Daily View: Manifesto launches
Commentators prepare themselves for a week of manifestos (starting off with Labour's).
Julian Glover says in the Guardian that he is hoping the manifestos this week will promise less, to stop a "legislative sausage factory":
"Politicians and journalists have become unhealthily accustomed to
executive hyperactivity, mistaking a strategic grasp of the future for
a carrier bag crammed with dotty plans. We want novelty, but ignore
the consequences of imposing it on the public sector, business and
individual citizens. Tories like to blame Labour (and especially Tony
Blair) for the culture of the quick fix and crackdown, but governments
have been at it for years. Plans are announced, laws are passed and
few people ever go back to ask what they achieved. Large parts of many
bills are never actually implemented by the department that created
them (the home office is a particular offender in this). Yet
politicians keep promising more."
William Rees-Mogg in the Times says that he has sat in the House of Lords for the last 20 years and seen a lot of change. While all three main parties promise more reform, he says they don't go far enough:
"It will, however, require greater changes in the constitution of the United Kingdom than the parties have yet recognised, changes in the relationship between the two Houses of Parliament, between Westminster and the devolved parliaments and between England and the smaller nations of the UK. Yet I believe that a democratic reform of the House of Lords is no longer postponable, though the next prime minister will have other urgent matters on his agenda...The elected House of Lords might desire to avoid duplicating all the other UK systems of election. The reform of the House of Lords - which I support - is one of those issues in which, unless one can solve everything, one may not be able to solve anything. There is much work to be done."
The Daily Mail editorial asks for immigration to be on the main parties' agendas:
"But isn't it also a deeply worrying sign of voters' despair over finding a voice in the political mainstream for their legitimate concerns over mass, unrestricted immigration? Indeed, by seeking to close down debate on this highly sensitive issue, hasn't the political establishment played into the BNP's hands?"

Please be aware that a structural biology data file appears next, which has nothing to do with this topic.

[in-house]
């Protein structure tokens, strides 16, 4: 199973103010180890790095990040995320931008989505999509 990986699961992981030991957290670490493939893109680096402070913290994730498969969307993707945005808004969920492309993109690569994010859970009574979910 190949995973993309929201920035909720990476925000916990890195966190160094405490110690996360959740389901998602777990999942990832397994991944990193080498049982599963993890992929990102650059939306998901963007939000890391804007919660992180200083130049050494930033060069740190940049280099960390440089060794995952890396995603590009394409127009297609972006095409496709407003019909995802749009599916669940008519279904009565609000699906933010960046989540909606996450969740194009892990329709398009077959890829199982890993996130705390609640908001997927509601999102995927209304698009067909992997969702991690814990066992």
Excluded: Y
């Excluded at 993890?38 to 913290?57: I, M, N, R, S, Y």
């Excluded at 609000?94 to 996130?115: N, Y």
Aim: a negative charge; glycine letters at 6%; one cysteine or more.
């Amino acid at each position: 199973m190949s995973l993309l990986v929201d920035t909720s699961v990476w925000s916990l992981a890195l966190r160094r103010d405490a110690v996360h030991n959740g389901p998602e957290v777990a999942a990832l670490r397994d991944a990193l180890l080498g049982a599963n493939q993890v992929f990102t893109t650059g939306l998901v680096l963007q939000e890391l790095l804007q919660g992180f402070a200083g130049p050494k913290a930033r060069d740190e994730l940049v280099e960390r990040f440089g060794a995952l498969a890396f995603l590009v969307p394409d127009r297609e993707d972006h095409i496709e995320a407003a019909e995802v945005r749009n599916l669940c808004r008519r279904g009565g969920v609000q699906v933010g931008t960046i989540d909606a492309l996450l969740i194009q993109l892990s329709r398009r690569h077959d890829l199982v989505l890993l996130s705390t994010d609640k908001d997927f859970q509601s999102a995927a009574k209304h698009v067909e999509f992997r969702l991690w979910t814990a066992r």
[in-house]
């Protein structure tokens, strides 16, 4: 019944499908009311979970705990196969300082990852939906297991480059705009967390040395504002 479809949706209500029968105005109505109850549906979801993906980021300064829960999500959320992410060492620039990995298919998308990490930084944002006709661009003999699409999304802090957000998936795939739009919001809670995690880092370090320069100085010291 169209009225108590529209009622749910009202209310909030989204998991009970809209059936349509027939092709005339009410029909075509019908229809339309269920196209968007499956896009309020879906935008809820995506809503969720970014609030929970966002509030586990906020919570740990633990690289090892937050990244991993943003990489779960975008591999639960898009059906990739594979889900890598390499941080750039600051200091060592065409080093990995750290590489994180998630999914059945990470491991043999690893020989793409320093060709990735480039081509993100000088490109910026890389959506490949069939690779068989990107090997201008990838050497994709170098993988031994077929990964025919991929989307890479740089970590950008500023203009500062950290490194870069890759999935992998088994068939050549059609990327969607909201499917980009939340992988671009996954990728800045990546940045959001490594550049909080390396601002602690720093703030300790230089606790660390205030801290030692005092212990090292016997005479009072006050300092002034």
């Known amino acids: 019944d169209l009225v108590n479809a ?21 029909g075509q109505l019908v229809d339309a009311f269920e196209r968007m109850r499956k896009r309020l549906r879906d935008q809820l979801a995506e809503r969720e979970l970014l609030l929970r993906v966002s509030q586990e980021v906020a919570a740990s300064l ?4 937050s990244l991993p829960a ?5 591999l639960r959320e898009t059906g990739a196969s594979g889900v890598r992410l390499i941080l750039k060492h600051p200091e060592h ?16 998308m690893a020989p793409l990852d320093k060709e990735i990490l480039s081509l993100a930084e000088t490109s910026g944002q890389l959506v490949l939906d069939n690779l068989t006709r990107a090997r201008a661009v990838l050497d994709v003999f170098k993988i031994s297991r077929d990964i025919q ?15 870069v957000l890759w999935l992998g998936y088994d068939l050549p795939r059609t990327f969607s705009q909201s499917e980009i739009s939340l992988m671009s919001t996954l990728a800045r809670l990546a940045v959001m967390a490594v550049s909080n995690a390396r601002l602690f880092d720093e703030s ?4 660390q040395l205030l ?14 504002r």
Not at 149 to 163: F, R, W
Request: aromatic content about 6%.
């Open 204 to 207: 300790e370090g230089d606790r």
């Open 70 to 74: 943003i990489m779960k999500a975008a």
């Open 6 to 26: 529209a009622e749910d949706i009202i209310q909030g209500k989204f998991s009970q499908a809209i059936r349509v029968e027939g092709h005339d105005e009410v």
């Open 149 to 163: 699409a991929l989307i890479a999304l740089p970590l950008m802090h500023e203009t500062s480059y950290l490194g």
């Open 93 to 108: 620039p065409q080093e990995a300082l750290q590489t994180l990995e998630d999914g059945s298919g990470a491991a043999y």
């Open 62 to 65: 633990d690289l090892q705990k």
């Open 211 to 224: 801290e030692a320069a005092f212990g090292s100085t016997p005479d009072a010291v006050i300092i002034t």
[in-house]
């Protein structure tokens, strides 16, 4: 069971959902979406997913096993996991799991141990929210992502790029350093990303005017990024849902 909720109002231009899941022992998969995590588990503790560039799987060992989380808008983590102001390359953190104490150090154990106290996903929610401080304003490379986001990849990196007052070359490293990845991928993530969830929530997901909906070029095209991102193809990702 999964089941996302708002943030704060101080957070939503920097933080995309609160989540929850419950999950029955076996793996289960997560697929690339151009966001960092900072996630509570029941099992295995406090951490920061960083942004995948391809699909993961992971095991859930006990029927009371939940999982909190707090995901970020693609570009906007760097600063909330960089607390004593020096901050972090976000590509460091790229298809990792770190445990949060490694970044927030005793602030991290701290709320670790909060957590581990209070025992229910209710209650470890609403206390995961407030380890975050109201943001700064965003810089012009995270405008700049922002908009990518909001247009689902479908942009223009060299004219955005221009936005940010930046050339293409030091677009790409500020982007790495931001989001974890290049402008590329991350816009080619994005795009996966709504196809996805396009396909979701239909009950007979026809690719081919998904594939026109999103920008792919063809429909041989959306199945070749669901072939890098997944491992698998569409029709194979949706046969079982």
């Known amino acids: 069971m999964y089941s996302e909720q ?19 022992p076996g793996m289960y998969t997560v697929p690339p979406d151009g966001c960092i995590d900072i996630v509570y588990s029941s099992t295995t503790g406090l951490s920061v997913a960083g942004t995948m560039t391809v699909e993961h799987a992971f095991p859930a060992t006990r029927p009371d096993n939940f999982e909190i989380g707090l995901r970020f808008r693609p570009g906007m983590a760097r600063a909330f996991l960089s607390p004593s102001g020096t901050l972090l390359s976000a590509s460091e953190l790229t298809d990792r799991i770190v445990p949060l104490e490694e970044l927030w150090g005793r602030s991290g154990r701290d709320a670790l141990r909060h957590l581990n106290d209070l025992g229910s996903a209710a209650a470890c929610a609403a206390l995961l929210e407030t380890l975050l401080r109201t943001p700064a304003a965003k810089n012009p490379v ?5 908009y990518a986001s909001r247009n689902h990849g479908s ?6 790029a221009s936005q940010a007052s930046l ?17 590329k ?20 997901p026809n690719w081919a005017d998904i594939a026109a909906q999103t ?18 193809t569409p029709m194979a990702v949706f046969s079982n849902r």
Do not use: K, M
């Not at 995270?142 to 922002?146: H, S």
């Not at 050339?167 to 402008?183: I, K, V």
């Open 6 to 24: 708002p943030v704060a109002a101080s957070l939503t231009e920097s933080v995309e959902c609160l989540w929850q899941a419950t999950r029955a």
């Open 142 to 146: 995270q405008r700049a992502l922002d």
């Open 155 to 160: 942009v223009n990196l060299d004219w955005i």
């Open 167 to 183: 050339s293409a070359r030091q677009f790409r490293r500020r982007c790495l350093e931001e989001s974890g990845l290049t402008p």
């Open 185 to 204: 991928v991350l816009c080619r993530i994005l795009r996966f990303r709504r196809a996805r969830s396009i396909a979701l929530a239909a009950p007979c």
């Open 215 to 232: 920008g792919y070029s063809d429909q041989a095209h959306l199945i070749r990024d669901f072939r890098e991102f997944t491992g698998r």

Andrew Rawnsley in the Observer warns voters that manifesto promises won't necessarily be followed through:
"The manifestos will offer us little guidance about how their authors would behave in power when it comes to the really big issues. None of them will be honest about exactly where they are going to cut public spending. All will persist with the ridiculous fiction that the deficit can be entirely dealt with by "efficiency savings" which will miraculously not impact on a single frontline service."
Political thriller writer and Former Tory advisor Michael Dobbs has written a few manifestos himself and told the Today programme that he thinks manifestos are not significant in election campaigns:
"There will be very little that we will not be aware of.... You end up with fairly obscure debates about the meaning of words rather than getting a clear idea of what a party stands for."
Links in full
Martin Kettle | Guardian | Election 2010: Gordon Brown hunkers down
Julian Glover | Guardian | It's manifesto week, but stick us no more bills, please
William Rees-Mogg | Times | It's not just the Lords that needs reforming
BBC | Today Programme | Will you read a manifesto?
Daily Mail | Playing into the hands of the BNP
Iain Dale | Iain Dale's Diary | Labour's 27 Broken Manifesto Promises
Andrew Rawnsley | Observer | It's not the answers that will win, it's the questions